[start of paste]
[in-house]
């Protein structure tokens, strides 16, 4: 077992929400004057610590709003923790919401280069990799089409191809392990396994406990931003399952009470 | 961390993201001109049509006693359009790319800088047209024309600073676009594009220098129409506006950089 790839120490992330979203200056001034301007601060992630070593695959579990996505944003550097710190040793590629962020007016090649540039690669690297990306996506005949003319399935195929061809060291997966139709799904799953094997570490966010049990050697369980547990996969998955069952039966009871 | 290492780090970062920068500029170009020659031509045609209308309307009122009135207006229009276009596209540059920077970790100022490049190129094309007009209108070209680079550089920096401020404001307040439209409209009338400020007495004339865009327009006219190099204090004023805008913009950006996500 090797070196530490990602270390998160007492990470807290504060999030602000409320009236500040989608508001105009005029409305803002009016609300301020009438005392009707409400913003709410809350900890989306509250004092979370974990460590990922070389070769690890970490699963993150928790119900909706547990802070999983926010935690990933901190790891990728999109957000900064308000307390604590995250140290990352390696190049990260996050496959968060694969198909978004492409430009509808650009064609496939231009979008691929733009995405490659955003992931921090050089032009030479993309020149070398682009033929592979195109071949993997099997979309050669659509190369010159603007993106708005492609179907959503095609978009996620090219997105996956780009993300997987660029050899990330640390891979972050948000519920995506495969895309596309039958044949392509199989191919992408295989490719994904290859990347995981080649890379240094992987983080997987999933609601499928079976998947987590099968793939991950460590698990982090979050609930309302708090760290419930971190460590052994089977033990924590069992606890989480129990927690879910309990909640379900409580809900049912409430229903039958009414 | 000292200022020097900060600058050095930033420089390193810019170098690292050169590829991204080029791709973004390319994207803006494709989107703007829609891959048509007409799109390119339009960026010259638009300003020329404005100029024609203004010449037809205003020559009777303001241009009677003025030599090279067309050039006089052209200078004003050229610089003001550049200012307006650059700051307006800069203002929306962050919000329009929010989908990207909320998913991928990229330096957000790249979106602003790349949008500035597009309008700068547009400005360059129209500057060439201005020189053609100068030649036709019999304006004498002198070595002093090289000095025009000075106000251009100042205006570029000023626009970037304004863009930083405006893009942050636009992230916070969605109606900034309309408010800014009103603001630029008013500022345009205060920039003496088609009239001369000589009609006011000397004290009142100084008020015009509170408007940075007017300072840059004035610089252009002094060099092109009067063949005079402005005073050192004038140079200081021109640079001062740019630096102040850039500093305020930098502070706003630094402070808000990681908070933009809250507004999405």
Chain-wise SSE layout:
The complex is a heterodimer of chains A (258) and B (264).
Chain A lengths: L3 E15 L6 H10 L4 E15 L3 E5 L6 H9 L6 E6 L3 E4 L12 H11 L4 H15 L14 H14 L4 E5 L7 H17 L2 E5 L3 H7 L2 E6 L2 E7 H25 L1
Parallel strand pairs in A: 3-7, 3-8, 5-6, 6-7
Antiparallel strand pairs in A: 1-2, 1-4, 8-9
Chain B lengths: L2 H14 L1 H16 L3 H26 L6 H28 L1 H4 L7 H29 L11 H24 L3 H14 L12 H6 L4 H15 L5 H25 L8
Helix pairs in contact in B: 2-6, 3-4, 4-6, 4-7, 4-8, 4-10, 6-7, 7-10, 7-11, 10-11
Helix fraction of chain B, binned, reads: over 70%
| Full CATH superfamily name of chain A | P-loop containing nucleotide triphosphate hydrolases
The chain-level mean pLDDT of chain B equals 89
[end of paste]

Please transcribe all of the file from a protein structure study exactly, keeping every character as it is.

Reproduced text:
[in-house]
């Protein structure tokens, strides 16, 4: 077992929400004057610590709003923790919401280069990799089409191809392990396994406990931003399952009470 | 961390993201001109049509006693359009790319800088047209024309600073676009594009220098129409506006950089 790839120490992330979203200056001034301007601060992630070593695959579990996505944003550097710190040793590629962020007016090649540039690669690297990306996506005949003319399935195929061809060291997966139709799904799953094997570490966010049990050697369980547990996969998955069952039966009871 | 290492780090970062920068500029170009020659031509045609209308309307009122009135207006229009276009596209540059920077970790100022490049190129094309007009209108070209680079550089920096401020404001307040439209409209009338400020007495004339865009327009006219190099204090004023805008913009950006996500 090797070196530490990602270390998160007492990470807290504060999030602000409320009236500040989608508001105009005029409305803002009016609300301020009438005392009707409400913003709410809350900890989306509250004092979370974990460590990922070389070769690890970490699963993150928790119900909706547990802070999983926010935690990933901190790891990728999109957000900064308000307390604590995250140290990352390696190049990260996050496959968060694969198909978004492409430009509808650009064609496939231009979008691929733009995405490659955003992931921090050089032009030479993309020149070398682009033929592979195109071949993997099997979309050669659509190369010159603007993106708005492609179907959503095609978009996620090219997105996956780009993300997987660029050899990330640390891979972050948000519920995506495969895309596309039958044949392509199989191919992408295989490719994904290859990347995981080649890379240094992987983080997987999933609601499928079976998947987590099968793939991950460590698990982090979050609930309302708090760290419930971190460590052994089977033990924590069992606890989480129990927690879910309990909640379900409580809900049912409430229903039958009414 | 000292200022020097900060600058050095930033420089390193810019170098690292050169590829991204080029791709973004390319994207803006494709989107703007829609891959048509007409799109390119339009960026010259638009300003020329404005100029024609203004010449037809205003020559009777303001241009009677003025030599090279067309050039006089052209200078004003050229610089003001550049200012307006650059700051307006800069203002929306962050919000329009929010989908990207909320998913991928990229330096957000790249979106602003790349949008500035597009309008700068547009400005360059129209500057060439201005020189053609100068030649036709019999304006004498002198070595002093090289000095025009000075106000251009100042205006570029000023626009970037304004863009930083405006893009942050636009992230916070969605109606900034309309408010800014009103603001630029008013500022345009205060920039003496088609009239001369000589009609006011000397004290009142100084008020015009509170408007940075007017300072840059004035610089252009002094060099092109009067063949005079402005005073050192004038140079200081021109640079001062740019630096102040850039500093305020930098502070706003630094402070808000990681908070933009809250507004999405």
Chain-wise SSE layout:
The complex is a heterodimer of chains A (258) and B (264).
Chain A lengths: L3 E15 L6 H10 L4 E15 L3 E5 L6 H9 L6 E6 L3 E4 L12 H11 L4 H15 L14 H14 L4 E5 L7 H17 L2 E5 L3 H7 L2 E6 L2 E7 H25 L1
Parallel strand pairs in A: 3-7, 3-8, 5-6, 6-7
Antiparallel strand pairs in A: 1-2, 1-4, 8-9
Chain B lengths: L2 H14 L1 H16 L3 H26 L6 H28 L1 H4 L7 H29 L11 H24 L3 H14 L12 H6 L4 H15 L5 H25 L8
Helix pairs in contact in B: 2-6, 3-4, 4-6, 4-7, 4-8, 4-10, 6-7, 7-10, 7-11, 10-11
Helix fraction of chain B, binned, reads: over 70%
| Full CATH superfamily name of chain A | P-loop containing nucleotide triphosphate hydrolases
The chain-level mean pLDDT of chain B equals 89